Health post

Okay, I’m going to be honest – the other morning I woke up and freaked out about the Watson and my project. I had decided to start my day at this well-known café nearby, Röda Sten, and then they didn’t have wifi and there was no one there to talk to. My dinner plans for that night had fallen through, and I had already done my big walk of the city, so I was at a loss. Nothing to do, with 362 days left in the Watson? How was I supposed to move forward with no idea of what I was supposed to be doing, no plans, and completely no structure? I wasn’t sure how to ask strangers outright about their health and possible interactions with medical technology.

I’m still not so sure now, but I reached out to family and past Watson Fellows, and got some good advice. This will all take time. Perhaps I can start by simply observing. If I’m going to approach this project as a journalist, I need to be observant first. I need to get a big-picture idea of the Swedish lifestyle before I start asking specific questions. So, here are some things I’ve noticed so far.

green.jpg
Street between my apartment and the waterfront.

There is a ton of green everywhere. Swedes seem pretty outdoorsy, at least in this lovely weather, and are taking advantage of the parks.

green park.jpg

Every street, especially all along the water, is split for pedestrians and bikers. People walk, jog, run, and bike everywhere.

split lane.jpg
Here you can see that the right of the middle passageway is for pedestrians, while the left is for bikers. Cars and trams go on both sides of the passageway.

Bikes really are popular here.

bikes.jpg
On the left, you see a regular bike rack. On the right, just further down the same street, you have the Styr & Ställ bikes, Göteborg’s city-bike system. If you buy a 3-day pass (under $3) for Styr & Ställ, you can use any bike for free for under 30 minutes. There are stations all over the city.

Next, there are a lot of McDonald’s around. I’ve also seen a couple Burger Kings, Pizza Hut, and a ton of 7-Eleven stores. They all seem pretty popular.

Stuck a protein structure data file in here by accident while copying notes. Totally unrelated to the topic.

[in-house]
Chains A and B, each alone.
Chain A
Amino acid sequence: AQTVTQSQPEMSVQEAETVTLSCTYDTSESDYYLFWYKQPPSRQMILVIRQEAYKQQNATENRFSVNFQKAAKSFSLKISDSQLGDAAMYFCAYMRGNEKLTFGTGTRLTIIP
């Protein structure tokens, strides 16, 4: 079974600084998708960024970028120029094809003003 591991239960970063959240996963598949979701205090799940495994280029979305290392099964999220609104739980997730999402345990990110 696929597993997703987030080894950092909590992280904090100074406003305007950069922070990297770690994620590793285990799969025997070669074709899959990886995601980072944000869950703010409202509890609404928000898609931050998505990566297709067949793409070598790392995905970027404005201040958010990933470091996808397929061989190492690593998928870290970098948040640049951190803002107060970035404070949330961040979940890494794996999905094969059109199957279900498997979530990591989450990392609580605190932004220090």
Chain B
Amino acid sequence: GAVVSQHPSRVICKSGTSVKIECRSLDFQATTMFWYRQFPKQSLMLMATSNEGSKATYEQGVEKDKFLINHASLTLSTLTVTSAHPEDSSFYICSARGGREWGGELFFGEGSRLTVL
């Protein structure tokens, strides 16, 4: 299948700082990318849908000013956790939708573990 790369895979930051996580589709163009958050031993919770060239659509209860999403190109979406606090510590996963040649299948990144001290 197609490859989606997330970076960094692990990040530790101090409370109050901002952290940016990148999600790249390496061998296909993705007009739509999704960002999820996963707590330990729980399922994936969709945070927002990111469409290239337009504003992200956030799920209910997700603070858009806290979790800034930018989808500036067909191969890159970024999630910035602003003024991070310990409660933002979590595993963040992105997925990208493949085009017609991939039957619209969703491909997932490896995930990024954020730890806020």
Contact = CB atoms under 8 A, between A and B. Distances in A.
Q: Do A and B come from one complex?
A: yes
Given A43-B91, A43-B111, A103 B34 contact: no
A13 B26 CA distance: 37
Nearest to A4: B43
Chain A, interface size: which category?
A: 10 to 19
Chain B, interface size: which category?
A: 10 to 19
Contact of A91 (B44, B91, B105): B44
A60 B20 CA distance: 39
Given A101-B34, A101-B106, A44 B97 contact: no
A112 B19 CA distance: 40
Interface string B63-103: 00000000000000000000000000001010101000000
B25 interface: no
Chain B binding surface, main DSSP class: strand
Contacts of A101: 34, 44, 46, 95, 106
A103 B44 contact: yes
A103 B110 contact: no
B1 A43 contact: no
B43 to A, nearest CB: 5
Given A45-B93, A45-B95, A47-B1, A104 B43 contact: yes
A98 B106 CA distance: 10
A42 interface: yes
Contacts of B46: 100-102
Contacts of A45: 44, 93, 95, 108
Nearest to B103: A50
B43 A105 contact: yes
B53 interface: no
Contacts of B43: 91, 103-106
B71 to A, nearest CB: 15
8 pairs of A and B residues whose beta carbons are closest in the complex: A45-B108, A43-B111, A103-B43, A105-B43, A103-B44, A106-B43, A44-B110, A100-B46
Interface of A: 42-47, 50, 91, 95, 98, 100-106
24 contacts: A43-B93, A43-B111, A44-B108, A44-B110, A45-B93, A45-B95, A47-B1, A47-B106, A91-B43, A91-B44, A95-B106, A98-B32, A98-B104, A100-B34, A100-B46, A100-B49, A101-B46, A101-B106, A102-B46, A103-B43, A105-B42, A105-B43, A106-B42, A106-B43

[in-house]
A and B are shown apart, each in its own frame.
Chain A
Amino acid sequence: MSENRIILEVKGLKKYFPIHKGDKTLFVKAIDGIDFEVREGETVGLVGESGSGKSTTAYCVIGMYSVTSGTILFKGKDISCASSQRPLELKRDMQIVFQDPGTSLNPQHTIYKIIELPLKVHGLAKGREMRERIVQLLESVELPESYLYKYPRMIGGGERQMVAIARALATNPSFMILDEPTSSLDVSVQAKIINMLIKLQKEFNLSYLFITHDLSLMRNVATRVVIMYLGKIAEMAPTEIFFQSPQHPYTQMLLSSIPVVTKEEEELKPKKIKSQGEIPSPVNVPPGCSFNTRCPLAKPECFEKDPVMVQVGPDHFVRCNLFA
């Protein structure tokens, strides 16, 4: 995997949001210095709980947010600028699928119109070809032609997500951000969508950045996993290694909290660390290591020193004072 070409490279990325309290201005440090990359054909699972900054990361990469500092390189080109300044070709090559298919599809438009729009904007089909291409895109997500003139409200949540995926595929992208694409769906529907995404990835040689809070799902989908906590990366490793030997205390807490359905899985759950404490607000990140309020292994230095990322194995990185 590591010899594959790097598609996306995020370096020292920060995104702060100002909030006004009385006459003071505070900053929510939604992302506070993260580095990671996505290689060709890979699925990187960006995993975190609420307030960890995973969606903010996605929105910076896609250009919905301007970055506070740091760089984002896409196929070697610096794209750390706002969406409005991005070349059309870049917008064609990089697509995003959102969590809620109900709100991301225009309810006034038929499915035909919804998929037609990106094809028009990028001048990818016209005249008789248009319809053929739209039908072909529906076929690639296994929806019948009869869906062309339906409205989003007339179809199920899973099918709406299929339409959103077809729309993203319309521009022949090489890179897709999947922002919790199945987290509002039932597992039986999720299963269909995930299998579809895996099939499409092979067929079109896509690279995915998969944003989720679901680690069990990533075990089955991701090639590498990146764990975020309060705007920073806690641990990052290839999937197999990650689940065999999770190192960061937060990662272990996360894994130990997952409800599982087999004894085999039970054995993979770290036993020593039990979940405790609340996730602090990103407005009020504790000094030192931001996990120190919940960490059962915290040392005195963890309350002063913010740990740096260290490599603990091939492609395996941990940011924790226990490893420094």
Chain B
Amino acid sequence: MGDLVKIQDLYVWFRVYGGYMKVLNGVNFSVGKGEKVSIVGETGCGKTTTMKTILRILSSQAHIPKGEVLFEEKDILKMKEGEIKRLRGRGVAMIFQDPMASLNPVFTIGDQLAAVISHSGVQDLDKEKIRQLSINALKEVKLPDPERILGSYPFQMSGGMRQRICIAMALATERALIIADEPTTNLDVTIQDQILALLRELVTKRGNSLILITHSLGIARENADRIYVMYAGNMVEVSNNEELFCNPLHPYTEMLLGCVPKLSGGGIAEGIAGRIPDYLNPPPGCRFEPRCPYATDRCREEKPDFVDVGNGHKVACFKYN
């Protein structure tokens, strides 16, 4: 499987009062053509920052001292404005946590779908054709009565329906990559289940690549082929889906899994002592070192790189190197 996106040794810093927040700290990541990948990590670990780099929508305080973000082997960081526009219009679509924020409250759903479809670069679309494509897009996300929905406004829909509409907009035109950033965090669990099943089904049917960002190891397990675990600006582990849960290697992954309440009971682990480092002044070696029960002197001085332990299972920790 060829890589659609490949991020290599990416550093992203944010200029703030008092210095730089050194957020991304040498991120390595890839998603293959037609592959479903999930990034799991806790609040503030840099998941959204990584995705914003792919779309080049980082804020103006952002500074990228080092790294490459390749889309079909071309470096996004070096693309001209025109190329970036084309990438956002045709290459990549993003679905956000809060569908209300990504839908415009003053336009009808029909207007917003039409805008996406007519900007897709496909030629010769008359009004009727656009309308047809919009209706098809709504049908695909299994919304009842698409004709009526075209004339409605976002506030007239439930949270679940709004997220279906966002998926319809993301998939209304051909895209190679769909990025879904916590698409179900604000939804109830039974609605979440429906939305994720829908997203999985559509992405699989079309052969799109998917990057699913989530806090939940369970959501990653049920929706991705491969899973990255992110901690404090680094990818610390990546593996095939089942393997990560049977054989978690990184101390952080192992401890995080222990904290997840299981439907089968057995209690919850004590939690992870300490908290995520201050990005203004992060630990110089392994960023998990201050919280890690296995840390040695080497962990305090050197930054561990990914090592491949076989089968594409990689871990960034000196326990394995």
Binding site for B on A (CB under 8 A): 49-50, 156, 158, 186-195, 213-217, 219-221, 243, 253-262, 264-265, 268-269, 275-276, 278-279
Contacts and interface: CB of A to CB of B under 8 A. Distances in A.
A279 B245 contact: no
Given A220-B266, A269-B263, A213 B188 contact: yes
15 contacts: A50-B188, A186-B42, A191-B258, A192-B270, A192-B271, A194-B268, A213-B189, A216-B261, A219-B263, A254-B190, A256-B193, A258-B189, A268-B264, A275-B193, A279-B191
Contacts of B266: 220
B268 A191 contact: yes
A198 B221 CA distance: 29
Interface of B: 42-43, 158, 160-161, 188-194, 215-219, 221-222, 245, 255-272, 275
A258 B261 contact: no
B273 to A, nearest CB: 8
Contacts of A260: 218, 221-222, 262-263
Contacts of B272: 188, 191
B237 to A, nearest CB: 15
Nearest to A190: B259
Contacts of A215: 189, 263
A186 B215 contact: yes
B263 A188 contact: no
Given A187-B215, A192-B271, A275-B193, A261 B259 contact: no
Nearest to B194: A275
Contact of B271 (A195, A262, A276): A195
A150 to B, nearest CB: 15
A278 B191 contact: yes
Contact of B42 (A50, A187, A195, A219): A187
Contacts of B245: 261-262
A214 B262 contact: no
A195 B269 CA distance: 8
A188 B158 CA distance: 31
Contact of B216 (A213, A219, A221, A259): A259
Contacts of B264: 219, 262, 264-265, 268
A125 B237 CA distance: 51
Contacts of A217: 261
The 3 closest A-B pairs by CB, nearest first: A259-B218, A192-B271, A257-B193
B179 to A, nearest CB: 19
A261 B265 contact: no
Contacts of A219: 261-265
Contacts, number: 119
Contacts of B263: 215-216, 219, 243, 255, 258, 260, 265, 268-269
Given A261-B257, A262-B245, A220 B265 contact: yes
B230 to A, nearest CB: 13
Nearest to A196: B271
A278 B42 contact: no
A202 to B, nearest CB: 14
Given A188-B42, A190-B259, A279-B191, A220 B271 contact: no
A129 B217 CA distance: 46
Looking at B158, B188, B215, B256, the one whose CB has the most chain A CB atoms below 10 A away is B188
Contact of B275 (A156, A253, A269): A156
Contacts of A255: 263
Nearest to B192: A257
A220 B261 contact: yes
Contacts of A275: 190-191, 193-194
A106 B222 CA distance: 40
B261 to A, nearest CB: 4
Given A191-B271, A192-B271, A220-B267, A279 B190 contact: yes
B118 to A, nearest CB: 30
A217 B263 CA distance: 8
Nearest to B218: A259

soccer and burger king.jpg
I love this – a fit soccer team sits in front of a Burger King near Järntorget. A youth soccer tournament is currently happening in the city.

Despite the fast food, most Swedes look fit. I’ve seen very few overweight people here, and half of them have sounded American!

In fact, there are skinny, older guys all over the place. Every so often I’ll see a very thin man drinking a beer in the middle of a weekday. I think these men must be retired. Sometimes I’ll see a whole group of thin, older men smoking together somewhere. That’s another thing – smoking. There are definitely smokers here, more than in NYC but fewer than Paris, I would guess. I think there are a lot of nicotine patches, too. I’ve been seeing some people with fancy white disks taped to their upper arms, and I can’t imagine what that would be except for a nicotine patch.

Once I got into my investigative journalist mode, I decided to seek out the closest clinic to where I’m staying. When researching clinics, I found many results that weren’t actually health-related but cosmetics-related. Skin clinics, hair clinics, nail clinics, and even anti-aging clinics popped up in my search. I can’t possibly say (yet or at all) if Swedish people seem awfully concerned about their appearance. “Clinic” might just mean something similar to “spa,” and NYC certainly has skin spas and nail spas. I did find the closest health clinic, however, which looked like this:

clinic door.jpg
Front door. There is something different on each floor of this building. See the green cross to the right?

I walked inside and up a few floors to discover this lobby:

clinic inside.jpg
Lovely. What you can’t see here is the random fish tank to the left.

I gave my number to a nurse working there and went on my way. Well, that’s enough for now! Hopefully as I spend more time here I’ll have a better sense of more health rituals, like what a typical Swedish dinner looks like and how often people go to the gym or exercise.

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